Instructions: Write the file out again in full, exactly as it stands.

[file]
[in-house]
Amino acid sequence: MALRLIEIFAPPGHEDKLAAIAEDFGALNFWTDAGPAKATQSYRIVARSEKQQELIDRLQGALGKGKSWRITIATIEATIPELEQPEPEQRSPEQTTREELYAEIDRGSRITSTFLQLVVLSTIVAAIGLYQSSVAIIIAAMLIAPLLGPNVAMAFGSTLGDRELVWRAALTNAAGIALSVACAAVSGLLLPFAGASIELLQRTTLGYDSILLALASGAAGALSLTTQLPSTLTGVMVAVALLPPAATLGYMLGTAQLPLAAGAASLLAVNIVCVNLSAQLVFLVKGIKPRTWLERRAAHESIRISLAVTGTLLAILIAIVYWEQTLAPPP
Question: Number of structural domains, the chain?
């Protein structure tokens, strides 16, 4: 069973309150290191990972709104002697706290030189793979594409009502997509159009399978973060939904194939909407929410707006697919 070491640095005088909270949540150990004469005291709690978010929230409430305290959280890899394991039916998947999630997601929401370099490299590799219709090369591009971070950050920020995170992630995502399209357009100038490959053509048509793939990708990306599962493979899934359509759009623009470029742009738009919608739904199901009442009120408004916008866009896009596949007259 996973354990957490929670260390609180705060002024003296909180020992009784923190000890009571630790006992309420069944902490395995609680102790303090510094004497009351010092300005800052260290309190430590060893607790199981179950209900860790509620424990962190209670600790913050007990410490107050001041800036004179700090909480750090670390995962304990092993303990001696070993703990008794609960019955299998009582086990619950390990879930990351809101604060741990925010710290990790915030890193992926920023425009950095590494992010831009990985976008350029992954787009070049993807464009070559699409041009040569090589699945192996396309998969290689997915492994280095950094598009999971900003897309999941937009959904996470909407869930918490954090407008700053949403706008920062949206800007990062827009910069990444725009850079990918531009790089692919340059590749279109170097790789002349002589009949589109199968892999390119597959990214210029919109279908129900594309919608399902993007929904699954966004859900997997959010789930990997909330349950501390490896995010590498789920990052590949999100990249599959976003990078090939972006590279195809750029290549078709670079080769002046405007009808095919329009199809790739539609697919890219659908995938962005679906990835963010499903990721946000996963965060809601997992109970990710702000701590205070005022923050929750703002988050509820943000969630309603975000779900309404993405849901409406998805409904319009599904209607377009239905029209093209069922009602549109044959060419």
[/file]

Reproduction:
[in-house]
Amino acid sequence: MALRLIEIFAPPGHEDKLAAIAEDFGALNFWTDAGPAKATQSYRIVARSEKQQELIDRLQGALGKGKSWRITIATIEATIPELEQPEPEQRSPEQTTREELYAEIDRGSRITSTFLQLVVLSTIVAAIGLYQSSVAIIIAAMLIAPLLGPNVAMAFGSTLGDRELVWRAALTNAAGIALSVACAAVSGLLLPFAGASIELLQRTTLGYDSILLALASGAAGALSLTTQLPSTLTGVMVAVALLPPAATLGYMLGTAQLPLAAGAASLLAVNIVCVNLSAQLVFLVKGIKPRTWLERRAAHESIRISLAVTGTLLAILIAIVYWEQTLAPPP
Question: Number of structural domains, the chain?
């Protein structure tokens, strides 16, 4: 069973309150290191990972709104002697706290030189793979594409009502997509159009399978973060939904194939909407929410707006697919 070491640095005088909270949540150990004469005291709690978010929230409430305290959280890899394991039916998947999630997601929401370099490299590799219709090369591009971070950050920020995170992630995502399209357009100038490959053509048509793939990708990306599962493979899934359509759009623009470029742009738009919608739904199901009442009120408004916008866009896009596949007259 996973354990957490929670260390609180705060002024003296909180020992009784923190000890009571630790006992309420069944902490395995609680102790303090510094004497009351010092300005800052260290309190430590060893607790199981179950209900860790509620424990962190209670600790913050007990410490107050001041800036004179700090909480750090670390995962304990092993303990001696070993703990008794609960019955299998009582086990619950390990879930990351809101604060741990925010710290990790915030890193992926920023425009950095590494992010831009990985976008350029992954787009070049993807464009070559699409041009040569090589699945192996396309998969290689997915492994280095950094598009999971900003897309999941937009959904996470909407869930918490954090407008700053949403706008920062949206800007990062827009910069990444725009850079990918531009790089692919340059590749279109170097790789002349002589009949589109199968892999390119597959990214210029919109279908129900594309919608399902993007929904699954966004859900997997959010789930990997909330349950501390490896995010590498789920990052590949999100990249599959976003990078090939972006590279195809750029290549078709670079080769002046405007009808095919329009199809790739539609697919890219659908995938962005679906990835963010499903990721946000996963965060809601997992109970990710702000701590205070005022923050929750703002988050509820943000969630309603975000779900309404993405849901409406998805409904319009599904209607377009239905029209093209069922009602549109044959060419």